When it comes to STDs (sexually transmitted diseases) there are still a lot of misperceptions and misunderstandings. It’s important we know the truth about STDs so that we can take control of our own health and well-being. So let’s clear up some of the myths.
10 Myths about STDs:
1. I can’t get STDs from oral sex. Actually, you can. STDs can be transmitted from genital-to-genital contact, from oral-to-genital contact, or from skin-to-skin contact. If you’re having any kind of sex at all – or if you’re having any kind of intimate skin-to-skin contact – talk to your doctor about being screened for STDs.
2. Using a condom protects against STDs. This is a common misperception, but it just isn’t true. STDs like herpes and genital warts can break out in areas that a condom doesn’t cover, so a condom won’t completely protect you from them.
3. Two condoms are better than one. Some people think if one condom can’t completely protect you from an STD, then layered condoms will double the protection. This isn’t true. Using two condoms actually offers less protection than one. Why? Because the two condoms will rub against each other and the friction will weaken both condoms.
4. The birth control pill protects against STDs. Though the pill works pretty well at preventing pregnancy, it can’t protect you against any STD.
5. I can tell whether my partner has an STD. Unfortunately, this isn’t true. You can’t tell if someone has an STD just by looking at them. Often, many STDs don’t even have any symptoms, so your partner may not even know he or she has an STD. The only way to know for sure whether you have an STD is by being tested, and the only way you can know for sure whether a partner has an STD is if that person is also tested.
6. Chlorine in a hot tub or swimming pool kills sperm and anything that causes an STD. This has been a popular urban legend, but it just isn’t true. Chlorine isn’t a spermicide. It doesn’t kill sperm. And though chlorine does help disinfect the water and kills some bacteria, it doesn’t protect you from an STD. Actually, because the water in a hot tub or pool decreases your body’s natural lubrication, you’re more likely to get tiny micro-abrasions in your genital area from the friction of sex, which makes you more susceptible to an STD.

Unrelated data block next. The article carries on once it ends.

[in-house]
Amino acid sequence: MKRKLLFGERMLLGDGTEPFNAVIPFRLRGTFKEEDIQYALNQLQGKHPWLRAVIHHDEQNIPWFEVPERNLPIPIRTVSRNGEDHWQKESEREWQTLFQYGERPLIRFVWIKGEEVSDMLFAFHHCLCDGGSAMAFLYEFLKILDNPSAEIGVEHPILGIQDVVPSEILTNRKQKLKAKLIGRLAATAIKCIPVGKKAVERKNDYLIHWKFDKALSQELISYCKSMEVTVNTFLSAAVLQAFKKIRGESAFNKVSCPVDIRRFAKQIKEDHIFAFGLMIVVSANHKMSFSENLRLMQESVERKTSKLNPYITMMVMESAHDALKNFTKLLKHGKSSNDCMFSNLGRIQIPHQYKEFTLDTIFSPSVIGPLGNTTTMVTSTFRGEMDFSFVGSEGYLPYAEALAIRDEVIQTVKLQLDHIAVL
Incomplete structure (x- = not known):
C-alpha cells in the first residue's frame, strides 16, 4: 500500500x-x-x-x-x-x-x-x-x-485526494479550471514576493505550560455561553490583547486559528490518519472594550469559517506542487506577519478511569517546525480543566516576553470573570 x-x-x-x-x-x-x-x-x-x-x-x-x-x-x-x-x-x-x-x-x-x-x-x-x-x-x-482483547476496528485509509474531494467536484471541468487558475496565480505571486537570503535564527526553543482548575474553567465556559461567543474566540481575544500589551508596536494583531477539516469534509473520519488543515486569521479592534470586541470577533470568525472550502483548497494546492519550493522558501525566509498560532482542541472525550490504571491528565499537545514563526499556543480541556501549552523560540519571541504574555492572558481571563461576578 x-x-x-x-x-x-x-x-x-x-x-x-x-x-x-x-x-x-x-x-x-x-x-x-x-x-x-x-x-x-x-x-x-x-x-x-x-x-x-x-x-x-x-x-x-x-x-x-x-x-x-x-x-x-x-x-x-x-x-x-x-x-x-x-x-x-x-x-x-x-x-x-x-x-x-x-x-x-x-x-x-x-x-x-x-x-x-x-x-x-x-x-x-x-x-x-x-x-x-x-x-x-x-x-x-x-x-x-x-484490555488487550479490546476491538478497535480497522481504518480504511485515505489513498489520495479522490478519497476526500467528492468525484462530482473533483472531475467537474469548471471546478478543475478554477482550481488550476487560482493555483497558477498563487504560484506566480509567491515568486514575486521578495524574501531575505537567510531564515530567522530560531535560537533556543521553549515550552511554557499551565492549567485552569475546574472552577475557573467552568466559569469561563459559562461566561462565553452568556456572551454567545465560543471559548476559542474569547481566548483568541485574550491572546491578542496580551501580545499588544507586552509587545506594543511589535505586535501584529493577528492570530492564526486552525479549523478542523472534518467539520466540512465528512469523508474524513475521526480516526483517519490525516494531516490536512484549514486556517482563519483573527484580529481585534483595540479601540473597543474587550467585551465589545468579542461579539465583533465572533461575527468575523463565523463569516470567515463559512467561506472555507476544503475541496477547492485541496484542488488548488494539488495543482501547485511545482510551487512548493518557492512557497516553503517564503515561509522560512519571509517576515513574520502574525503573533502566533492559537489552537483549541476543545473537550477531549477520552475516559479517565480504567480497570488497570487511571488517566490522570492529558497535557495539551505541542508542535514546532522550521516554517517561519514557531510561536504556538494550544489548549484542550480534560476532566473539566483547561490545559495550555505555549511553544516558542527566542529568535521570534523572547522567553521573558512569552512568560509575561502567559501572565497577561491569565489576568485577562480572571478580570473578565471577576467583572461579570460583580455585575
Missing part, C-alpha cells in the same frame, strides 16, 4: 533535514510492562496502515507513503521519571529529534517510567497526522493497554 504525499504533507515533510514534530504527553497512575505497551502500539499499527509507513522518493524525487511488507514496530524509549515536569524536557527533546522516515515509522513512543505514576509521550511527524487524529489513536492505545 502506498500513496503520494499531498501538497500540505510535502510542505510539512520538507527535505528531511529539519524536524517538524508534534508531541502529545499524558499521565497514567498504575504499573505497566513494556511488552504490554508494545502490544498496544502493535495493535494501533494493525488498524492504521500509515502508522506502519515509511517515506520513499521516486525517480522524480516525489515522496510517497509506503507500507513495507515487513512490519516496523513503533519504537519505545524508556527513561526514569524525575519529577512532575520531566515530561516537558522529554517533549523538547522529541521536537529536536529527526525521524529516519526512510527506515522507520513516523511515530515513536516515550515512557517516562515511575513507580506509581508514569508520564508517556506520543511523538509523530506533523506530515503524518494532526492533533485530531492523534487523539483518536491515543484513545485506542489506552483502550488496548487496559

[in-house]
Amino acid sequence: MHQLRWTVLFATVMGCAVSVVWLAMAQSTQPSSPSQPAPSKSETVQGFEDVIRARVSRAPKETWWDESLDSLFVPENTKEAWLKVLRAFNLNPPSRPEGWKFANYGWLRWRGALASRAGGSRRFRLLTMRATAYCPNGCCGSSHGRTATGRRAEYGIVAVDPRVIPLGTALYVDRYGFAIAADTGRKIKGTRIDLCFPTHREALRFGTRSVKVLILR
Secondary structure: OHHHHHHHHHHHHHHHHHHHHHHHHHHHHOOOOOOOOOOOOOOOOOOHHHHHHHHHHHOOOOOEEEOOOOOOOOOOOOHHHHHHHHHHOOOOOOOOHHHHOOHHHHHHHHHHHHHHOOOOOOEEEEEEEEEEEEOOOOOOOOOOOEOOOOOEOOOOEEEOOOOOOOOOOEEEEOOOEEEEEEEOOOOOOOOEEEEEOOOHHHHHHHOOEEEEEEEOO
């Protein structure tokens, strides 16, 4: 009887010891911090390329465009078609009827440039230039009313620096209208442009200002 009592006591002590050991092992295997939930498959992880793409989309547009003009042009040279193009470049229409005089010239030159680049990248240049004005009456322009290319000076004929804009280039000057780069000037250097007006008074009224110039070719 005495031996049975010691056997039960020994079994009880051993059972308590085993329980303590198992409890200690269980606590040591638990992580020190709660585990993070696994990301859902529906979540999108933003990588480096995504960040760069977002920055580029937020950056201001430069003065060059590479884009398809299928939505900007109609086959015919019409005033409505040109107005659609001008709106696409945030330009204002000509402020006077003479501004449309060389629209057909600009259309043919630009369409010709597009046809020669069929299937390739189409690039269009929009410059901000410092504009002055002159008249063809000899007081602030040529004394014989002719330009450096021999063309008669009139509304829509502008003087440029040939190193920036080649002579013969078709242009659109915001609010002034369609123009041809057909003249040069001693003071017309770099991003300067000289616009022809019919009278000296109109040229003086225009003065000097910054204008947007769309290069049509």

7. I’ve only had sex with one person, so there’s no way I have an STD. Just as you can get pregnant by having sex one time, you can contract an STD any time you have sex – even the first time. If the one person you’ve had sex with has an STD, you’re at risk of also getting that STD. And some STDs can be spread by skin-to-skin contact, so you don’t even have to have full sexual intercourse to get those STDs.
8. I’ve only had a couple sexual partners, and I plan to stay with my current boyfriend forever, and I don’t have any symptoms, so I don’t have to worry about STDs. Any time you’ve had sex with someone, you’ve been exposed to any STDs that person has. And because so many STDs don’t have any overt symptoms, a lot of people don’t even know they have an STD. The only way to know for sure whether you have an STD is to be screened by a medical professional. And the only way to know for sure if your partner has an STD is for him or her to be screened.
9. I’ve been sexually active for a long time and I’ve had several partners. I’d definitely know by now if I had an STD. Unfortunately, this isn’t true. As we’ve said, many STDs don’t have any symptoms that you’d notice.
10. I can’t have more than one STD. This is also false. Actually, it’s common for two or more STDs to go hand-in-hand and be present at the same time. That’s why doctors usually screen for multiple STDs and consider you at risk for other STDs if you’re diagnosed with one.
STDs are common – especially among young people. According to the CDC (https://www.cdc.gov/std/life-stages-populations/stdfact-teens.htm), there are about 20 million new cases of STDs each year in the United States. About half of those – 10 million infections – are among people ages 15 – 24. It’s important for you to know the facts so you can protect yourself.
The only way to completely protect yourself from getting an STD is to not have any kind of sex – anal, oral, or vaginal – and to avoid intimate skin-to-skin contact. If you do decide to have sex, it’s important that both you and your partner are tested for STDs beforehand and that you are both committed to a mutually monogamous relationship – this means you both agree and commit to only ever having any kind of sex with each other.
Have you heard some information about STDs and you’re wondering if it’s true or a myth? Ask us about it in the comments below or call us in Kearney at 308-234-9880 or in Grand Island at 308-675-2217. We’d love to help you be informed so that you can take charge of your sexual health.